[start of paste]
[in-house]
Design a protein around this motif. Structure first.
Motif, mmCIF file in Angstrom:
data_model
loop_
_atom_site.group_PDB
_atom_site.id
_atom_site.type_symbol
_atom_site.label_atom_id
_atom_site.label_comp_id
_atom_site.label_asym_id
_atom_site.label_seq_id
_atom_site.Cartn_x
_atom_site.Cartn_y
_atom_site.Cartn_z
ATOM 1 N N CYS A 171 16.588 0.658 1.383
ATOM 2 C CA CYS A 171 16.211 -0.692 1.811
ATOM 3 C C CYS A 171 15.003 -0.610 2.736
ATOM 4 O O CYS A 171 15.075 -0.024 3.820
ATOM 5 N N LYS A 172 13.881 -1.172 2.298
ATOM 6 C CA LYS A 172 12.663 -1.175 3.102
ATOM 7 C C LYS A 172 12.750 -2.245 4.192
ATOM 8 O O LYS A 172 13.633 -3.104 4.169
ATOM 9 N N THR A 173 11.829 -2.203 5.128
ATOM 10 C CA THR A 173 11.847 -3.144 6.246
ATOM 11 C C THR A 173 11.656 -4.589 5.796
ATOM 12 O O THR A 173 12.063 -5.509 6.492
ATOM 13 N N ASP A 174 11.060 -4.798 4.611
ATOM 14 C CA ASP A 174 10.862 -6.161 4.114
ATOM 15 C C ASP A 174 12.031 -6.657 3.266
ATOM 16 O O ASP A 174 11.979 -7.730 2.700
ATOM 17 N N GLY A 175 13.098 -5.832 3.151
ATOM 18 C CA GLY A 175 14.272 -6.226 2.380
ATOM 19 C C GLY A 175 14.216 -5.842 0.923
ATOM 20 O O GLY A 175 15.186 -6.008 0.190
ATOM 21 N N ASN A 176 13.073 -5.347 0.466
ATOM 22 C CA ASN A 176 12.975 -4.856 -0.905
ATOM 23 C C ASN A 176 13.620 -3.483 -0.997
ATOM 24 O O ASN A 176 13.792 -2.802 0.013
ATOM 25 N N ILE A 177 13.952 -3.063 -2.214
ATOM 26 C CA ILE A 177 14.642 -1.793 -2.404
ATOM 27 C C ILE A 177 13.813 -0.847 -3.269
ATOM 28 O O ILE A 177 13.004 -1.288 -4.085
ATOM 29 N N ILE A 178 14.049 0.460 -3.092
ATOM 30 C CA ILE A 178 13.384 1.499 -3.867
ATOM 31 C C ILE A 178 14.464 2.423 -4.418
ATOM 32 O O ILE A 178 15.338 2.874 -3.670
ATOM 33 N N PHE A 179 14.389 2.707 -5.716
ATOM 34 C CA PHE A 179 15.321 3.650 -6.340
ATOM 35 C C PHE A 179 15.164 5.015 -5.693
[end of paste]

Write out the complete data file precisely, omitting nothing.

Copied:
[in-house]
Design a protein around this motif. Structure first.
Motif, mmCIF file in Angstrom:
data_model
loop_
_atom_site.group_PDB
_atom_site.id
_atom_site.type_symbol
_atom_site.label_atom_id
_atom_site.label_comp_id
_atom_site.label_asym_id
_atom_site.label_seq_id
_atom_site.Cartn_x
_atom_site.Cartn_y
_atom_site.Cartn_z
ATOM 1 N N CYS A 171 16.588 0.658 1.383
ATOM 2 C CA CYS A 171 16.211 -0.692 1.811
ATOM 3 C C CYS A 171 15.003 -0.610 2.736
ATOM 4 O O CYS A 171 15.075 -0.024 3.820
ATOM 5 N N LYS A 172 13.881 -1.172 2.298
ATOM 6 C CA LYS A 172 12.663 -1.175 3.102
ATOM 7 C C LYS A 172 12.750 -2.245 4.192
ATOM 8 O O LYS A 172 13.633 -3.104 4.169
ATOM 9 N N THR A 173 11.829 -2.203 5.128
ATOM 10 C CA THR A 173 11.847 -3.144 6.246
ATOM 11 C C THR A 173 11.656 -4.589 5.796
ATOM 12 O O THR A 173 12.063 -5.509 6.492
ATOM 13 N N ASP A 174 11.060 -4.798 4.611
ATOM 14 C CA ASP A 174 10.862 -6.161 4.114
ATOM 15 C C ASP A 174 12.031 -6.657 3.266
ATOM 16 O O ASP A 174 11.979 -7.730 2.700
ATOM 17 N N GLY A 175 13.098 -5.832 3.151
ATOM 18 C CA GLY A 175 14.272 -6.226 2.380
ATOM 19 C C GLY A 175 14.216 -5.842 0.923
ATOM 20 O O GLY A 175 15.186 -6.008 0.190
ATOM 21 N N ASN A 176 13.073 -5.347 0.466
ATOM 22 C CA ASN A 176 12.975 -4.856 -0.905
ATOM 23 C C ASN A 176 13.620 -3.483 -0.997
ATOM 24 O O ASN A 176 13.792 -2.802 0.013
ATOM 25 N N ILE A 177 13.952 -3.063 -2.214
ATOM 26 C CA ILE A 177 14.642 -1.793 -2.404
ATOM 27 C C ILE A 177 13.813 -0.847 -3.269
ATOM 28 O O ILE A 177 13.004 -1.288 -4.085
ATOM 29 N N ILE A 178 14.049 0.460 -3.092
ATOM 30 C CA ILE A 178 13.384 1.499 -3.867
ATOM 31 C C ILE A 178 14.464 2.423 -4.418
ATOM 32 O O ILE A 178 15.338 2.874 -3.670
ATOM 33 N N PHE A 179 14.389 2.707 -5.716
ATOM 34 C CA PHE A 179 15.321 3.650 -6.340
ATOM 35 C C PHE A 179 15.164 5.015 -5.693